Endorses Brazil’s proud musical heritage while drastically re-arranging it.
Colin Irwin 2010
The ease of downloading has ignited a culture of cherry picking that has pretty much sounded the death knell of the dear old compilation album. But it may still have a role in cutting out the legwork to trumpet a new movement – whether real, perceived or simply well marketed.
Don’t let the "Oi!" distract you – this isn’t a collection of dodgy punk bands. It’s a bold, colourful, all-guns-blazing double CD set devoted to emergent contemporary music from the Brazilian underground. Or, in the words of the sleeve notes, artists who "combine both domestic and international influences to create their own uniquely Brazilian musical language with global appeal."
The logo is certainly eye-catching enough, the information contained within exhaustive and, while no 40-track collection is going to deliver complete satisfaction, there’s enough here to excite the senses and demonstrate that not everything seeping into Western consciousness from Brazil need be rehashed bossa nova, novelty lambada or slinky samba variations. Indeed, while many of the featured artists do draw on traditional styles with a mellow context tempering the more extreme electro dance forms, the mostly subtle blend of hip hop, dub, acid jazz and even avant-garde coating make for some fascinating tracks. Highlights include China’s Colocando Sal Nas Feridas, Zé Neguinho do Côco’s Recife D’água, and especially Catarina Dee Jah’s quirkily irresistible M.I.A.-meets-Althea and Donna groove on Kay Fora.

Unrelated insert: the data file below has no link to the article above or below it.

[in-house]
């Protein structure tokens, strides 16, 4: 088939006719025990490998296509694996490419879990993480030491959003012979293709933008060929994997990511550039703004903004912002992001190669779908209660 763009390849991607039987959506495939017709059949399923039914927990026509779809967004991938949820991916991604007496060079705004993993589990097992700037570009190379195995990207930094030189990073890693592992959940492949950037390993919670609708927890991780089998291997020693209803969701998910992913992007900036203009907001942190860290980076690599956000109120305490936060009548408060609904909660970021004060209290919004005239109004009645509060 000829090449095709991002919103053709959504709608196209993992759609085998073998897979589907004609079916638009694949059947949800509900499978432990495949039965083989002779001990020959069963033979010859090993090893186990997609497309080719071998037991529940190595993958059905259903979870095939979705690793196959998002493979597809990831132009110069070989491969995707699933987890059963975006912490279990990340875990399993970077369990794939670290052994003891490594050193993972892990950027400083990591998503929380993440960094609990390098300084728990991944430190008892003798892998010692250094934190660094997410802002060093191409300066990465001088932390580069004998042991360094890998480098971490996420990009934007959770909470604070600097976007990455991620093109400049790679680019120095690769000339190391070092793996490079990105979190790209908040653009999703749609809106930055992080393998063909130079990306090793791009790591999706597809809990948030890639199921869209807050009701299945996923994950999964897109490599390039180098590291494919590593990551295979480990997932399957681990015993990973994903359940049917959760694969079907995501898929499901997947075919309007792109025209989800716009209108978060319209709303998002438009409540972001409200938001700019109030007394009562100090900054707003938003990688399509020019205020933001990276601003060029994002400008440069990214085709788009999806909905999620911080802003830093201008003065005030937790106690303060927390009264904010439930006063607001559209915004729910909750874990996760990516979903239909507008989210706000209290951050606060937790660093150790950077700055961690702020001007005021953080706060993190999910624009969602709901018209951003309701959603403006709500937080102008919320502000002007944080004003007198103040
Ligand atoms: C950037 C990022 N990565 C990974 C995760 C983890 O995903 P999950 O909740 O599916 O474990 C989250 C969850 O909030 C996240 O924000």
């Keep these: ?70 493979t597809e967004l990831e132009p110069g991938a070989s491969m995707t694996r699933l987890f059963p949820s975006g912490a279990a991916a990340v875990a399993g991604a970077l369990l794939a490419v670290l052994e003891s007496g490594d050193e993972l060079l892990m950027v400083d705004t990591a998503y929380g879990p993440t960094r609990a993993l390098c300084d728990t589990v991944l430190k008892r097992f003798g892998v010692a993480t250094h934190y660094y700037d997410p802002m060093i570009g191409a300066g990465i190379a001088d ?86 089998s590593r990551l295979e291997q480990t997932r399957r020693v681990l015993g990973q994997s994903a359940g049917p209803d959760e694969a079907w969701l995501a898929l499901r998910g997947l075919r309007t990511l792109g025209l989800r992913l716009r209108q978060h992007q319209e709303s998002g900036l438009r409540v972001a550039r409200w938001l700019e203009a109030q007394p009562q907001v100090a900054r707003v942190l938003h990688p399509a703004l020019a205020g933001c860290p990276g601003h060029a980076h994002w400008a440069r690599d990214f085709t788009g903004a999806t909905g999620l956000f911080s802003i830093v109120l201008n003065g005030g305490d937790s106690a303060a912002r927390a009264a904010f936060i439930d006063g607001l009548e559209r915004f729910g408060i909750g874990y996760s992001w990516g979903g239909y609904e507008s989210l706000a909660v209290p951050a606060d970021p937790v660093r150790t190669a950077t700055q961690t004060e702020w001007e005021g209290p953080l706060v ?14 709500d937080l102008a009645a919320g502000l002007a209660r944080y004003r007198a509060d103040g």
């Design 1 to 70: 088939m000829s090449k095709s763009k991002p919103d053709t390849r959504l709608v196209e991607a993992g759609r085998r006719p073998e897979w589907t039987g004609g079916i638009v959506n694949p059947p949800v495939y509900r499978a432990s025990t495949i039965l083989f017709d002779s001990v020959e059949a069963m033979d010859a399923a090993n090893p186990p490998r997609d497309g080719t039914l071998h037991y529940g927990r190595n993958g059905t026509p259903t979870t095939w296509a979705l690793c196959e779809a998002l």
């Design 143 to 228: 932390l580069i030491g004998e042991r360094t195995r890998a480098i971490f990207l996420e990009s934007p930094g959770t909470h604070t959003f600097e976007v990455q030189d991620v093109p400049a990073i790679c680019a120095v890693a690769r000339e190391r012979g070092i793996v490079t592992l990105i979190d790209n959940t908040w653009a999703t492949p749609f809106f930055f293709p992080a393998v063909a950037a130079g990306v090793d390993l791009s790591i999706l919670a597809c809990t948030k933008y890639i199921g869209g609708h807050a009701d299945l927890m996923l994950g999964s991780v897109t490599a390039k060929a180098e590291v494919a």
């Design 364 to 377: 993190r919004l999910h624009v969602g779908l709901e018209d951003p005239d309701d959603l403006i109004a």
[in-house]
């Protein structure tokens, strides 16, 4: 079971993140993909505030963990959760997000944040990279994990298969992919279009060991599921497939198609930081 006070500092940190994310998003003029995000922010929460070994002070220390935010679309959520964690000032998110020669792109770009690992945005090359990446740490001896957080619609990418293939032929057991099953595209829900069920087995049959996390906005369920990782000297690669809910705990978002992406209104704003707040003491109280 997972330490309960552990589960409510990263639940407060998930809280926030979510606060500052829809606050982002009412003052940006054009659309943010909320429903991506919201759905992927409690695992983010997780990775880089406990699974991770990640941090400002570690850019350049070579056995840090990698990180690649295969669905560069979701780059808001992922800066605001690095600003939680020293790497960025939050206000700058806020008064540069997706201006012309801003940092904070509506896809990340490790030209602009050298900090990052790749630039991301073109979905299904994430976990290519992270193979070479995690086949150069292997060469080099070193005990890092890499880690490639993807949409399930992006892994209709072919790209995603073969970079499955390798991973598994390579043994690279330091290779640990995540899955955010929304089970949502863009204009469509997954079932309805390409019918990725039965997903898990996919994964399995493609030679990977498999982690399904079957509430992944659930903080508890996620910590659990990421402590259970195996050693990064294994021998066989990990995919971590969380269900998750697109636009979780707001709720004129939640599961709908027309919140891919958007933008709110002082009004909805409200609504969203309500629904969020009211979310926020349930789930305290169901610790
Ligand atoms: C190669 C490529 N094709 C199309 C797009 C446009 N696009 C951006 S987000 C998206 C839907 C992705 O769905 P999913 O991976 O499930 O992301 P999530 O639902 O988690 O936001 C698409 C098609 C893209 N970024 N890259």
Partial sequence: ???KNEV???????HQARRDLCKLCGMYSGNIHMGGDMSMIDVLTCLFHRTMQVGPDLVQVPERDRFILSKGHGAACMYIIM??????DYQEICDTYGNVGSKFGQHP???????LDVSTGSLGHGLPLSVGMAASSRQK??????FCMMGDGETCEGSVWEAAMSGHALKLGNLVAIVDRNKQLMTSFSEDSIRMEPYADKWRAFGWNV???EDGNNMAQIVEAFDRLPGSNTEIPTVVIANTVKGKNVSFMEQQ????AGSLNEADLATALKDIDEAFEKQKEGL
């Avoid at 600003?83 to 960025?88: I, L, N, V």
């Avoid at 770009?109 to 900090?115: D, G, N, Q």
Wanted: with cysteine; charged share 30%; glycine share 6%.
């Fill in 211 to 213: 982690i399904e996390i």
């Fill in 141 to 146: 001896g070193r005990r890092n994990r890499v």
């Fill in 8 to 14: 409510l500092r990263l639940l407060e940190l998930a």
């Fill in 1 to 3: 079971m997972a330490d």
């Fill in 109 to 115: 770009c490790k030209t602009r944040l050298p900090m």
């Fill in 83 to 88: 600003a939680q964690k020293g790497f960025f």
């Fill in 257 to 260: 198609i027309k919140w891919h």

The omnipresent suspicion surrounding any kind of fusion of this nature is one concerning self-indulgence and gimmickry and there are indeed moments, particularly on the mostly experimental and electronica-orientated second disc – Curumin’s self-consciously energised Caixa Preta is one example – where alien influences sound artificial and awkwardly faux. Yet these are mostly overshadowed by some trailblazing highs, from much heralded Mini Box Lunar’s joyously infectious opening track Amarelasse, manguebeat supergroup Orquestra Contemporãnes de Olinda’s gently skanking Tá Falado and the startlingly intimate singing of Tulipa on the lovely Pedrinho.
For an album whose whole raison d’être is diversity and risk, it hangs together remarkably well. Even in its most extreme moments the roots glimmer through, conversely endorsing Brazil’s proud musical heritage while drastically re-arranging it.